Autism may have tossed our world upside down, but we’re much better people for it…inside and out.

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I read a lot about vaccines and autism. It’s unavoidable anymore. Because it’s my job as a mom of a child with autism to stay on top of research, trends in autism, autism politics and the autism community. (It’s not a choice in my eyes; everyone can do what I do, it’s a matter of priority.) I have my feelings on vaccines, and that is plainly that there are too many parents out there who have seen their child literally change within hours of receiving a vaccine. People can say that correlation isn’t causation or that there’s no ‘proof,’ (though reading about Simpsonwood or RFK Jr’s Rolling Stone article might really be an eye opening experience….though I’m sure there’s some ‘proof’ or excuse as to why that won’t count) but the thousands upon thousands of parents who see change has to count for something. (And why go to the expense/time/effort to make pharmaceutical companies immune from lawsuits due to vaccine injuries? Any other industry protected from lawsuits for a product they manufacture, much less a ‘mandatory’ product?)

But, to get to my point. There is a contingency out there who is anti-vaccine, and probably won’t get them no matter how safe they’re made or what changes occur in their ingredients/schedule. And many of them will do so for reasons entirely unrelated to autism. The rest of us are pretty much pro-vaccine — we just want safe vaccines. That means safer ingredients — and we’re not talking necessarily about the ingredients that prevent whooping cough, polio, etc., but the other ingredients, the things that can easily be changed. It makes no sense that there’s opposition to removing aluminum, formaldehyde, and other nasties from vaccines if it won’t decrease the efficacy. (Oh, that’s right, money!) Instead, people would rather focus on calling us names and trying to argue our point than actually looking at the ingredients and looking at ways to appease both sides of the vaccine controversy. We also want to break up the schedule a bit so our children’s bodies and immune systems aren’t expected to handle so much at once. There are ways to do this, and the fact it’s being so hotly argued should make people wonder. It’s an easy request, why not consider it?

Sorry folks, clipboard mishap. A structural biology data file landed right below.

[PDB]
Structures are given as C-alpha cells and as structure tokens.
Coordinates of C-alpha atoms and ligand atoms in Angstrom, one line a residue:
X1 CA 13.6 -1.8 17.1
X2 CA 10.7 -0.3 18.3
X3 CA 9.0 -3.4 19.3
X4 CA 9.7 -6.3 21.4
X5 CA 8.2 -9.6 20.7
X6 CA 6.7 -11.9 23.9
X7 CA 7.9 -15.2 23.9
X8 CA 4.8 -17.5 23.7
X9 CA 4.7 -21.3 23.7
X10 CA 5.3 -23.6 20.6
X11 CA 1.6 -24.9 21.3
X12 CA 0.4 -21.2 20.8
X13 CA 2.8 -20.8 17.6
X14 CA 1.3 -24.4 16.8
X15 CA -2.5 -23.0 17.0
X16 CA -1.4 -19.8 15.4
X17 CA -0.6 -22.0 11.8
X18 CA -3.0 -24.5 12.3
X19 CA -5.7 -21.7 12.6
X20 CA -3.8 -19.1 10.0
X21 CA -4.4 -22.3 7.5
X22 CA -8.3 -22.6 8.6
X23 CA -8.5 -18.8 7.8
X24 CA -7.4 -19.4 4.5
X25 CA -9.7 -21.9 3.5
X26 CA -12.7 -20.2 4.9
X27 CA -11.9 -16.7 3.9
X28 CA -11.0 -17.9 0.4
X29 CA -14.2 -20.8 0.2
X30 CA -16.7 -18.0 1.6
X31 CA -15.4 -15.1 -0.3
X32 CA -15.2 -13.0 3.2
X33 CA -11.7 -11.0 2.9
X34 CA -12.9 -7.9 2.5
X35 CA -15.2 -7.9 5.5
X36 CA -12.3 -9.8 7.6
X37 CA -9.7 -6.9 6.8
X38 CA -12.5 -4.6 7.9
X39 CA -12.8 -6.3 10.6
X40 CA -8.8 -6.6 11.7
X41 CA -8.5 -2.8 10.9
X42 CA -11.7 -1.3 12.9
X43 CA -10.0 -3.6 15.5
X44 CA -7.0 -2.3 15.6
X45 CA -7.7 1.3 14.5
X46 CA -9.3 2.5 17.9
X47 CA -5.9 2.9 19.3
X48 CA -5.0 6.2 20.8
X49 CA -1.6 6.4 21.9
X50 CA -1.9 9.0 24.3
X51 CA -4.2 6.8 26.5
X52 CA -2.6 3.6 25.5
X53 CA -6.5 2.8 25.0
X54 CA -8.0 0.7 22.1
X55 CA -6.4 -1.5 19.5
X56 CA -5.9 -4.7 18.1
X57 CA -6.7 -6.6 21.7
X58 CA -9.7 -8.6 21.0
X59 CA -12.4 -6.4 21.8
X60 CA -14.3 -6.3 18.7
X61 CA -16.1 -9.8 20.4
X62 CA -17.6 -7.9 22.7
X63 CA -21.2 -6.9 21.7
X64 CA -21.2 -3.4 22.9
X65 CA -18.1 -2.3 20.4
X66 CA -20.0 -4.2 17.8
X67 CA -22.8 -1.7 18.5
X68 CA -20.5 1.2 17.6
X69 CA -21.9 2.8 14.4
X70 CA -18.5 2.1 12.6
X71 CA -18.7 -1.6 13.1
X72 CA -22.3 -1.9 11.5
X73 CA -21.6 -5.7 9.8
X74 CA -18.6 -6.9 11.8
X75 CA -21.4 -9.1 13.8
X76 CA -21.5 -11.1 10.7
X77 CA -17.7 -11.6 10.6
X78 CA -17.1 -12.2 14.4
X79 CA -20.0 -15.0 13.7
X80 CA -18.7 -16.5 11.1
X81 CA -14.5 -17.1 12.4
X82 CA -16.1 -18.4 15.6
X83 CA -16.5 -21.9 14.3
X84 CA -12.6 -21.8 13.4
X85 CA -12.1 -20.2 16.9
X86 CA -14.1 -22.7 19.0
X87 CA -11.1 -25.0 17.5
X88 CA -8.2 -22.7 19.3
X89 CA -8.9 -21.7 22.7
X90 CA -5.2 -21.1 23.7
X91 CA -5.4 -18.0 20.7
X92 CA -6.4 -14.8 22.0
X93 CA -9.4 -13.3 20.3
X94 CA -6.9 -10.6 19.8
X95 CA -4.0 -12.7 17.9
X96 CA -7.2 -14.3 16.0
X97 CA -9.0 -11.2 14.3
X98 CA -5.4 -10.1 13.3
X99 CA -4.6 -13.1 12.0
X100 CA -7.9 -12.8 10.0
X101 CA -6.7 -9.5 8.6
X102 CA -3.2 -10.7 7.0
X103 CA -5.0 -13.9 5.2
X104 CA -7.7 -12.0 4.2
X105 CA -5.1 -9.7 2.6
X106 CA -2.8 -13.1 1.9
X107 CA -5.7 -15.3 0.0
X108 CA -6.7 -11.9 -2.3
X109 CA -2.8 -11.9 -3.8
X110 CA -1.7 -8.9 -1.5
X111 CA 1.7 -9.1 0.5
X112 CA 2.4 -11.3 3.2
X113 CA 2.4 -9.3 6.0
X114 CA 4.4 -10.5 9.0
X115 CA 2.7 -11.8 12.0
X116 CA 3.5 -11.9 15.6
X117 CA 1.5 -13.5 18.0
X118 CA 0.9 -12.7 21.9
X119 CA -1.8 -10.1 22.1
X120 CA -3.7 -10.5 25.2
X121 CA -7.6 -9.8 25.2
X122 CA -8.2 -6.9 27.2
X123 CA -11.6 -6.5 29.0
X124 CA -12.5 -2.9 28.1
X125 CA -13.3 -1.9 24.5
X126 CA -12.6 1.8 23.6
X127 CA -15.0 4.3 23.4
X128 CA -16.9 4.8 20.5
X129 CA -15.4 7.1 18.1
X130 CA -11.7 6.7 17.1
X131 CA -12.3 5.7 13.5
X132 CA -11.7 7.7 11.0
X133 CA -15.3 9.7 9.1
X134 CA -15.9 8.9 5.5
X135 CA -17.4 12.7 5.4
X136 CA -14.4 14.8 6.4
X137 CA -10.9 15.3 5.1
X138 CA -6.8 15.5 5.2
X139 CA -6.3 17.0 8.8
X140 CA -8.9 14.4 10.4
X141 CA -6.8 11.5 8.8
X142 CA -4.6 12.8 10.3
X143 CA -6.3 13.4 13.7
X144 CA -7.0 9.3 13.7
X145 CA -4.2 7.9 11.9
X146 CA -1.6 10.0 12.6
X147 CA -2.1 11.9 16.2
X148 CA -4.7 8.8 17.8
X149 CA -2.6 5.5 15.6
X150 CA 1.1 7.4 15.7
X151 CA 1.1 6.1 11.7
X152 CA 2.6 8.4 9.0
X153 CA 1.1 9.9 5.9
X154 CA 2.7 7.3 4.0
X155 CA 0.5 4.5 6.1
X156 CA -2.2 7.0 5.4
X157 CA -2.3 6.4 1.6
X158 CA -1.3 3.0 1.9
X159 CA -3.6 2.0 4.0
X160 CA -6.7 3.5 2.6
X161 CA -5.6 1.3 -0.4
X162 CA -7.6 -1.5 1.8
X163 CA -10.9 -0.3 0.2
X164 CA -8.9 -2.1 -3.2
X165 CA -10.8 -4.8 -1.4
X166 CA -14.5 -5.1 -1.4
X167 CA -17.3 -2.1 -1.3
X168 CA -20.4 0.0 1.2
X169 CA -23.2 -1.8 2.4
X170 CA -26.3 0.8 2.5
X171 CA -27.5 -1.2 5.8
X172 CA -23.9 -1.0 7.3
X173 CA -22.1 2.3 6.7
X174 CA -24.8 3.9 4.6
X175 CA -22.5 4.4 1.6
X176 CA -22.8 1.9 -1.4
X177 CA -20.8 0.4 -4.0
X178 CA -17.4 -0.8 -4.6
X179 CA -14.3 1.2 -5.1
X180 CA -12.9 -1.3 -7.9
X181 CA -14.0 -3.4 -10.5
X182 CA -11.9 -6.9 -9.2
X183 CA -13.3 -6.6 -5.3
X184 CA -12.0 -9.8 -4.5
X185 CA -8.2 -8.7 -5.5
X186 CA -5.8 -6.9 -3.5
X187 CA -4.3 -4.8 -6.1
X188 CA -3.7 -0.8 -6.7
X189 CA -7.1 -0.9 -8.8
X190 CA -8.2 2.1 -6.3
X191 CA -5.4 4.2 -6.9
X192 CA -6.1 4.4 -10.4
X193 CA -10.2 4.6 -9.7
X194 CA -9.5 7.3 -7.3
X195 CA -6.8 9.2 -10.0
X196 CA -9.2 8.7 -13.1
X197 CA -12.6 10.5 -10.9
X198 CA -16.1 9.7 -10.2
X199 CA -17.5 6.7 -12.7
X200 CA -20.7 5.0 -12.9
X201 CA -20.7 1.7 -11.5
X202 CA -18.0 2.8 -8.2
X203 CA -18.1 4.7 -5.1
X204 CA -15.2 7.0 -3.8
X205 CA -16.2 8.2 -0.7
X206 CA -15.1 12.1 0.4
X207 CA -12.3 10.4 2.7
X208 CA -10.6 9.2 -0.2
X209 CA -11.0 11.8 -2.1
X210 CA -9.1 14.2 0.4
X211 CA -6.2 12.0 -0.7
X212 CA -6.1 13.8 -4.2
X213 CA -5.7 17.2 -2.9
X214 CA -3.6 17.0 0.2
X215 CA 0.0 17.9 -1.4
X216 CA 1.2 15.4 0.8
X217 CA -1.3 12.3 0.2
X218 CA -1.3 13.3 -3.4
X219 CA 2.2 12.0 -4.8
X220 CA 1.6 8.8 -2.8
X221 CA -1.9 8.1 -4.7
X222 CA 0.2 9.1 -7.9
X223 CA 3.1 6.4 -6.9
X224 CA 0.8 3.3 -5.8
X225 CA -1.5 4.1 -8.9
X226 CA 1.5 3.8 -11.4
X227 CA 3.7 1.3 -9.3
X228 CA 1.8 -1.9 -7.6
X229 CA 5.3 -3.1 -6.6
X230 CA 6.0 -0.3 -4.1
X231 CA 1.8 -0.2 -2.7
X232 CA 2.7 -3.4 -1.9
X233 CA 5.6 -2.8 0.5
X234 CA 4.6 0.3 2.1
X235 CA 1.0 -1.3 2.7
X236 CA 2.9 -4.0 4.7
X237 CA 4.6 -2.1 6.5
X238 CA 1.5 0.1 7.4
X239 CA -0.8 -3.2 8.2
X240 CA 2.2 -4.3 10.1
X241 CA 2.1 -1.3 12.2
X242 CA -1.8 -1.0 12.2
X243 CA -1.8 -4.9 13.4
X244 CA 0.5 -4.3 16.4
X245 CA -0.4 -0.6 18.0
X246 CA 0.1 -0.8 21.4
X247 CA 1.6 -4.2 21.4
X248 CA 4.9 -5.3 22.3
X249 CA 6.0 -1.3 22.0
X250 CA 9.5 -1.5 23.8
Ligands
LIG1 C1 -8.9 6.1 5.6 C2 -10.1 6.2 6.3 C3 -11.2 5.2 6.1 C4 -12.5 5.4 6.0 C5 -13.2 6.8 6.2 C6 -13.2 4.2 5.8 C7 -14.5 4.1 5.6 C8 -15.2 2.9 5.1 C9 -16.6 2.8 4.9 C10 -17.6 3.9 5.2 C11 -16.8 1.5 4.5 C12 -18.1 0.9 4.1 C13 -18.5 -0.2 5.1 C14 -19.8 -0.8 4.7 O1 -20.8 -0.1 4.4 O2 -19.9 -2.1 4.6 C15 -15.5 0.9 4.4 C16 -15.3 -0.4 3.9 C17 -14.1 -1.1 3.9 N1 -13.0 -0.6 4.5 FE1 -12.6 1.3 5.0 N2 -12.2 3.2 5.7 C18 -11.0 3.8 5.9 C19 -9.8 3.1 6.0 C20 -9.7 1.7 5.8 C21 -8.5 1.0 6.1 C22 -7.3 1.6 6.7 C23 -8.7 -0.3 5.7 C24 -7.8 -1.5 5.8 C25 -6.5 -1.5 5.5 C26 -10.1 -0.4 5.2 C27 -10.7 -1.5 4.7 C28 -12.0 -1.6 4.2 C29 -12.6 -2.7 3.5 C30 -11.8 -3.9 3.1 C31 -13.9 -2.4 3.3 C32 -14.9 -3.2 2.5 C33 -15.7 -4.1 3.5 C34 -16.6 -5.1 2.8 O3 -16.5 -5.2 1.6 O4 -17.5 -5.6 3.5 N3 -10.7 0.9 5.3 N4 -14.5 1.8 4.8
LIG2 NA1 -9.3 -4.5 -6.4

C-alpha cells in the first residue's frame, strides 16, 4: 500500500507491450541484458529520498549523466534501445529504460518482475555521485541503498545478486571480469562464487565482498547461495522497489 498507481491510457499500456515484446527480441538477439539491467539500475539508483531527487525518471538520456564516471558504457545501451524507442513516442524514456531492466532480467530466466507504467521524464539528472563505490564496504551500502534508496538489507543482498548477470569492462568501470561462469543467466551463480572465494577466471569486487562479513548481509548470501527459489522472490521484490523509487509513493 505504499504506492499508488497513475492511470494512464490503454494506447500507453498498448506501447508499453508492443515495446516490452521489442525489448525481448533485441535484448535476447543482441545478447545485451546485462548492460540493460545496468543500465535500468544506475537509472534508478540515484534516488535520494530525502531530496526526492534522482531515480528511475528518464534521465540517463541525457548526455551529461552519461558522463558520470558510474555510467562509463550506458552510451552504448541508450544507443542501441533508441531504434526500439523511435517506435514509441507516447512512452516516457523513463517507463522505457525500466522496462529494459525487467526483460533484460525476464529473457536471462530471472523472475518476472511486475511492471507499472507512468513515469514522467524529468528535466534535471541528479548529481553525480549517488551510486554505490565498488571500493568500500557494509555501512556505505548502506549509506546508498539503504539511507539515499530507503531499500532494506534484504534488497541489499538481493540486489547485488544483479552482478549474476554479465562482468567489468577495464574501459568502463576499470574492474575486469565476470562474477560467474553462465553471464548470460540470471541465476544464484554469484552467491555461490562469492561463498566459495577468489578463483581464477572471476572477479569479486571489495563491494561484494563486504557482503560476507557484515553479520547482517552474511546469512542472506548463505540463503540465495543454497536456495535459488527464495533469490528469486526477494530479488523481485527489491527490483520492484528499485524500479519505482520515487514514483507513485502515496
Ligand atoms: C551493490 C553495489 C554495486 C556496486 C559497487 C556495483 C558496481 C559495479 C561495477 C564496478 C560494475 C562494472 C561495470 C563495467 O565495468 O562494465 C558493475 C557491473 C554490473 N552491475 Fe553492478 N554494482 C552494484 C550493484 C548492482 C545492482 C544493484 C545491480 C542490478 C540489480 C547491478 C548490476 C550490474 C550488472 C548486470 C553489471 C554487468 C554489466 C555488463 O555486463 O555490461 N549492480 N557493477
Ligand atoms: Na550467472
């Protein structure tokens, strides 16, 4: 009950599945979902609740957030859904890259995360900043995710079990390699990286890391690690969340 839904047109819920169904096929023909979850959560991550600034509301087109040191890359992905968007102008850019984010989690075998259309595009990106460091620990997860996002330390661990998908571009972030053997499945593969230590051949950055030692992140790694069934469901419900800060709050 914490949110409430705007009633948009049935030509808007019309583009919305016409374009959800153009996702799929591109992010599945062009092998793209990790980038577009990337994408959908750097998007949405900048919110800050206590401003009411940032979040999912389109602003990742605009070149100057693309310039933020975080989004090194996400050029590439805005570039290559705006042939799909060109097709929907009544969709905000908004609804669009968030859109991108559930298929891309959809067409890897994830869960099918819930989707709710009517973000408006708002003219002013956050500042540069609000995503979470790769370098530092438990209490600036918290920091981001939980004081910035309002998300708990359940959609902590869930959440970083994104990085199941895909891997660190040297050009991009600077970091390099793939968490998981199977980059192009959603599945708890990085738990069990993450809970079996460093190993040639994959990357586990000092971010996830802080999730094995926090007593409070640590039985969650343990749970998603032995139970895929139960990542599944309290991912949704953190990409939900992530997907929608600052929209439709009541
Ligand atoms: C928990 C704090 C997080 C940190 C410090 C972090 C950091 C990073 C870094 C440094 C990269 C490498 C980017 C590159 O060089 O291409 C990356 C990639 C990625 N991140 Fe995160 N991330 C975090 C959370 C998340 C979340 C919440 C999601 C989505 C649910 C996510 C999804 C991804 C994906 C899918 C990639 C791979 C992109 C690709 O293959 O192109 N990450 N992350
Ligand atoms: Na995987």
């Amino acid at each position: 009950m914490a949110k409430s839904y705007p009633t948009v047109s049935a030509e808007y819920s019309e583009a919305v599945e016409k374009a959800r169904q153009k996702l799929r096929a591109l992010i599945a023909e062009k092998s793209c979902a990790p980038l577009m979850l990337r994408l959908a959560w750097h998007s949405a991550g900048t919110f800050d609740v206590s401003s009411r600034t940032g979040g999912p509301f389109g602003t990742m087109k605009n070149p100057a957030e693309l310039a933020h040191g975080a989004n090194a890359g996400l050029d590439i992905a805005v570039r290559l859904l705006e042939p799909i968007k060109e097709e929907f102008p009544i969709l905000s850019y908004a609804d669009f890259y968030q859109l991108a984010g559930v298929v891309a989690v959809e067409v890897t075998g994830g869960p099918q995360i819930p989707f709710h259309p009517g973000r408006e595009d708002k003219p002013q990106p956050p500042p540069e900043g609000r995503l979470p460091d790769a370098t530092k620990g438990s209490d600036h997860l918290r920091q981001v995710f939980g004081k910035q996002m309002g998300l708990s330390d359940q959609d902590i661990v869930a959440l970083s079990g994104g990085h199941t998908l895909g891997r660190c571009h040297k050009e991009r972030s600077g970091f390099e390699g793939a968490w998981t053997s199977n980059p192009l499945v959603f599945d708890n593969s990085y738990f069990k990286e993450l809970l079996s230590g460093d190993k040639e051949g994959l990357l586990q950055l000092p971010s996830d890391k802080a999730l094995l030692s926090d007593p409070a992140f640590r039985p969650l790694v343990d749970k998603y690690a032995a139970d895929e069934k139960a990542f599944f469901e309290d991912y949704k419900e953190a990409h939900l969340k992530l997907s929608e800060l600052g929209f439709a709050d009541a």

In my reading, I see where a lot of people write about us as though we’re some small fringe group of people providing misinformation. Fact is, there are such vast amounts of people who are behind this, it’s not going to just go away. And if misleading information is a concern, there should be equal concern about why the real facts about vaccine side effects aren’t more readily available — bigger print, not buried in medical jargon, or not omitted from commercials. The Gardasil vaccine in particular comes to mind. Oh, and that ‘necessary’ flu shot that still contains thimerasol.

And now Amanda Peet has jumped into the fray. Why? She’s just like any other parent who chooses to vaccinate, except she’s got some celebrity status and is using it to tell us to ignore celebrities. So what do people do? Listen to her? What a paradox, so hypocritical yet really clever! It’s amazing that, like other celebrities who speak up with absolutely no experience about what they speak, suddenly they are experts who attempt tell us what to do…when their real career is in pretending to be someone. Hmmmmmm. Too bad when she says to listen to doctors that those shows that air her ridiculous commentary don’t name some other reknown doctors who believe that vaccines need to be changed, that toxins in our environment contribute to autism, and that the “1 in 10,000” children at risk for side-effects or whatever is simply too much.